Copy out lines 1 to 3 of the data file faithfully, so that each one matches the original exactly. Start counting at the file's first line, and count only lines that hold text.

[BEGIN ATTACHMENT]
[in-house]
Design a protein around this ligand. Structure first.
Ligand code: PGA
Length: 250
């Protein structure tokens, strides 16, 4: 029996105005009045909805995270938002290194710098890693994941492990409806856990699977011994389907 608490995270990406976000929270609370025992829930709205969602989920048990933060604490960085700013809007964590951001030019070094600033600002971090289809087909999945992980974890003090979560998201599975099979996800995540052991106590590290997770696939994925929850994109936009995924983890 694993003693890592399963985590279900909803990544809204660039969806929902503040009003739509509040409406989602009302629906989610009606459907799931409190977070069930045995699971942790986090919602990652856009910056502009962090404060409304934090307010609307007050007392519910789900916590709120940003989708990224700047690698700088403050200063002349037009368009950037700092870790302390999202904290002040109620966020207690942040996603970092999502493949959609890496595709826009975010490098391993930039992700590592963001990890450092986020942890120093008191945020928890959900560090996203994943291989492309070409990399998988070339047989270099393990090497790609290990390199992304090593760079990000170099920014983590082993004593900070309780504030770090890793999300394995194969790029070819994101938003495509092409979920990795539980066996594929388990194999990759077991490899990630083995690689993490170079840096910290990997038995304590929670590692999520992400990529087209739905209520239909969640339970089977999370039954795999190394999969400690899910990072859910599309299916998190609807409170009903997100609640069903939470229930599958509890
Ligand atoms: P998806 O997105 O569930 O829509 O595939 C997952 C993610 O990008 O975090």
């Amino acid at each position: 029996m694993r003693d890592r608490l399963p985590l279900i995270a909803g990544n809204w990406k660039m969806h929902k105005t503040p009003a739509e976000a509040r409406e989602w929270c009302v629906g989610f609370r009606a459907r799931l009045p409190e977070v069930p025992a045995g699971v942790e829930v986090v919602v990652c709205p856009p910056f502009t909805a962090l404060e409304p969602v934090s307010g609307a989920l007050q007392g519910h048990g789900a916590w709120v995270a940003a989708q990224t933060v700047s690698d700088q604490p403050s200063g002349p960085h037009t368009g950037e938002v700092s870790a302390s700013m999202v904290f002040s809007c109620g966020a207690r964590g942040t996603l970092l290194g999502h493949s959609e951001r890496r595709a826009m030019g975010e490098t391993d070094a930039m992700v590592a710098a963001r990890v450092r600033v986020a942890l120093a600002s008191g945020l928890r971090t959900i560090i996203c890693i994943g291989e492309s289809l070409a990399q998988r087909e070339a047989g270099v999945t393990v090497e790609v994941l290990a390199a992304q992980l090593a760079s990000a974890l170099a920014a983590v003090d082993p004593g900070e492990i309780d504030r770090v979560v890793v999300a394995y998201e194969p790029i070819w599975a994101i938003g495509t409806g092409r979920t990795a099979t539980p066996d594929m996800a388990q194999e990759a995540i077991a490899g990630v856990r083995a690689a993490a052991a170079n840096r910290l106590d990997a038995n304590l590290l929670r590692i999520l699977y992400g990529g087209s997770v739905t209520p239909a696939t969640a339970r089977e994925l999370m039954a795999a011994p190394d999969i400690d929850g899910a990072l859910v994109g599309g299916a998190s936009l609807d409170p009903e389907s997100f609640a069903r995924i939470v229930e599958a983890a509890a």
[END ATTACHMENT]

[in-house]
Design a protein around this ligand. Structure first.
Ligand code: PGA